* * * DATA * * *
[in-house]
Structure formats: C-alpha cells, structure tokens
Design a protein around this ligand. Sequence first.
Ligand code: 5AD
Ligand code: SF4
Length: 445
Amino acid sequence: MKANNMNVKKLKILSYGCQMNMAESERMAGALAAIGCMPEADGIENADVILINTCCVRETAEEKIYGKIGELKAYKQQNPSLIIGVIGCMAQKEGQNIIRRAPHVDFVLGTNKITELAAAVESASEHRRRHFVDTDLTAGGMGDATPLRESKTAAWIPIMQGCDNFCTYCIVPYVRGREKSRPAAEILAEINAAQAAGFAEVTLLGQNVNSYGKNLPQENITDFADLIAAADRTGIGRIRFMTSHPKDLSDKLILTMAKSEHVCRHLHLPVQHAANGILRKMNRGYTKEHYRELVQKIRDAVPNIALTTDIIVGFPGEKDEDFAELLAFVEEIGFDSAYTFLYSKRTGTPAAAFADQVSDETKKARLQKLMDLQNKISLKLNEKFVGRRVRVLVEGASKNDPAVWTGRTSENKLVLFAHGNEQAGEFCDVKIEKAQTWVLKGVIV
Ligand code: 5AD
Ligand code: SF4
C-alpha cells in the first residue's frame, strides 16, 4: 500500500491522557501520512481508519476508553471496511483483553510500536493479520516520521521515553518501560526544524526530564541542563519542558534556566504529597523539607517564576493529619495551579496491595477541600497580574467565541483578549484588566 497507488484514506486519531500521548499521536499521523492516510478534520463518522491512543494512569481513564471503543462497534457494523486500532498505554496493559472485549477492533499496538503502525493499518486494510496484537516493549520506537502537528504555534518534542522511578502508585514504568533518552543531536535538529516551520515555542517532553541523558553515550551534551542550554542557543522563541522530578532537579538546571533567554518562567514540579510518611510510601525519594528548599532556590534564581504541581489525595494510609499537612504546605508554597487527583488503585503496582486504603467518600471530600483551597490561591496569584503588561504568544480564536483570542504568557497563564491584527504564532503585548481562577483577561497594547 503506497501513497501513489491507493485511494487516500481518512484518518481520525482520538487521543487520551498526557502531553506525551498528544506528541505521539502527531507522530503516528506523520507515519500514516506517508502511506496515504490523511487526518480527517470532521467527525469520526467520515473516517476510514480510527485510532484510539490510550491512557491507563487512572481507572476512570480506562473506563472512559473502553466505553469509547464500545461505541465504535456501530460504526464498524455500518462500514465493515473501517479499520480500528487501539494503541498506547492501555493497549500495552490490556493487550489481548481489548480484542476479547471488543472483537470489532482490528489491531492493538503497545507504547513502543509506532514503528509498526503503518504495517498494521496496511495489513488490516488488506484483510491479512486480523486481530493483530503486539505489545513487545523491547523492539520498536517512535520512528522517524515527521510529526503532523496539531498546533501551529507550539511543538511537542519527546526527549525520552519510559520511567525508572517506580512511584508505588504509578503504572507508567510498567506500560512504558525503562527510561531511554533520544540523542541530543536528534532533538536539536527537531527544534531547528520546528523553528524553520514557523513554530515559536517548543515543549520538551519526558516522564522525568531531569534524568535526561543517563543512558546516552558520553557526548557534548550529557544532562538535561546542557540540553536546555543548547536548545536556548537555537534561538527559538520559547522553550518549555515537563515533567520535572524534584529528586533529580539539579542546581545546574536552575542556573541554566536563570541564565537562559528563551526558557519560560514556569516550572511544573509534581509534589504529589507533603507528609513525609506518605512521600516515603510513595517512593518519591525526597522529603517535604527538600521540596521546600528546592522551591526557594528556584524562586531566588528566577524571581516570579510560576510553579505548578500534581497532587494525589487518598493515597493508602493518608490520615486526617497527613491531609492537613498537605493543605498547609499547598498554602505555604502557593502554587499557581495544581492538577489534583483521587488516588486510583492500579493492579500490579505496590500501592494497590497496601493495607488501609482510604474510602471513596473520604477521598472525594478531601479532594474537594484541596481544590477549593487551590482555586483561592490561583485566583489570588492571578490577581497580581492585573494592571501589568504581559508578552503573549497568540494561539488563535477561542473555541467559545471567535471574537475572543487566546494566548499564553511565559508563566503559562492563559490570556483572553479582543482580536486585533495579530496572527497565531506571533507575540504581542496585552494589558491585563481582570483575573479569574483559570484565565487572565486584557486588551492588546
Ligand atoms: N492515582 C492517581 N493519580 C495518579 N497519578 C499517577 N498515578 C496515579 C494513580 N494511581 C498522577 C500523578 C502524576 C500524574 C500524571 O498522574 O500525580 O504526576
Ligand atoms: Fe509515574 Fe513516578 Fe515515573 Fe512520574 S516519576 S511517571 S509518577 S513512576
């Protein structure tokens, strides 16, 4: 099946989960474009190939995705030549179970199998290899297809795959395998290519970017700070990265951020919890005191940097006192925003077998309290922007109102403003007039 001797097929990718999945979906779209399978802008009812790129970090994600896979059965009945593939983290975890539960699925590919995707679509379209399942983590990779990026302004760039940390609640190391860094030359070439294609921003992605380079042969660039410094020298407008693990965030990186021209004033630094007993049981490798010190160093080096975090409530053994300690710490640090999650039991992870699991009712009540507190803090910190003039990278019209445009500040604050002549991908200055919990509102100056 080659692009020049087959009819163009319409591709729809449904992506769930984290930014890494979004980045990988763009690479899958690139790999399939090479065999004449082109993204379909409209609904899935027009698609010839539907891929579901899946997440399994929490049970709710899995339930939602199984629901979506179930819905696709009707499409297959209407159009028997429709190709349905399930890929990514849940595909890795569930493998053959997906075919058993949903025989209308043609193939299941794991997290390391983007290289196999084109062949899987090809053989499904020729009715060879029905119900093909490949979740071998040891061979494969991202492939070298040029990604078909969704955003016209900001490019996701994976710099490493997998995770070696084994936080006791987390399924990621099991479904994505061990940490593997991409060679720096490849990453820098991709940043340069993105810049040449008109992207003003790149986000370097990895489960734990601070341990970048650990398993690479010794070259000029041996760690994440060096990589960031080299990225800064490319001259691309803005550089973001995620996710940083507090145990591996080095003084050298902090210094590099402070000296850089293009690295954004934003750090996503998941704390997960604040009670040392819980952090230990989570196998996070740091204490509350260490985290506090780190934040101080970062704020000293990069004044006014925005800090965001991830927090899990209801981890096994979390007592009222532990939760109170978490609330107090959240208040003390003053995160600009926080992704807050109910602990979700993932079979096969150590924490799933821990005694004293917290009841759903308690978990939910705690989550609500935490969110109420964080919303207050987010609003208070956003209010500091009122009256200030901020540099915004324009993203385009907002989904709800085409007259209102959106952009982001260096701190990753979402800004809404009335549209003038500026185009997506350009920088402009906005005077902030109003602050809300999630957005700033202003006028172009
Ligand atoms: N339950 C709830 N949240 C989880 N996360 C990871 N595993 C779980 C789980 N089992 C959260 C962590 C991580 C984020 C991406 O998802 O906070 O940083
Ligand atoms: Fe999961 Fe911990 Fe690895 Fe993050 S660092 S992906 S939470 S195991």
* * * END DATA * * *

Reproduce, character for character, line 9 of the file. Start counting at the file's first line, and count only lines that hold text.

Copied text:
Ligand code: SF4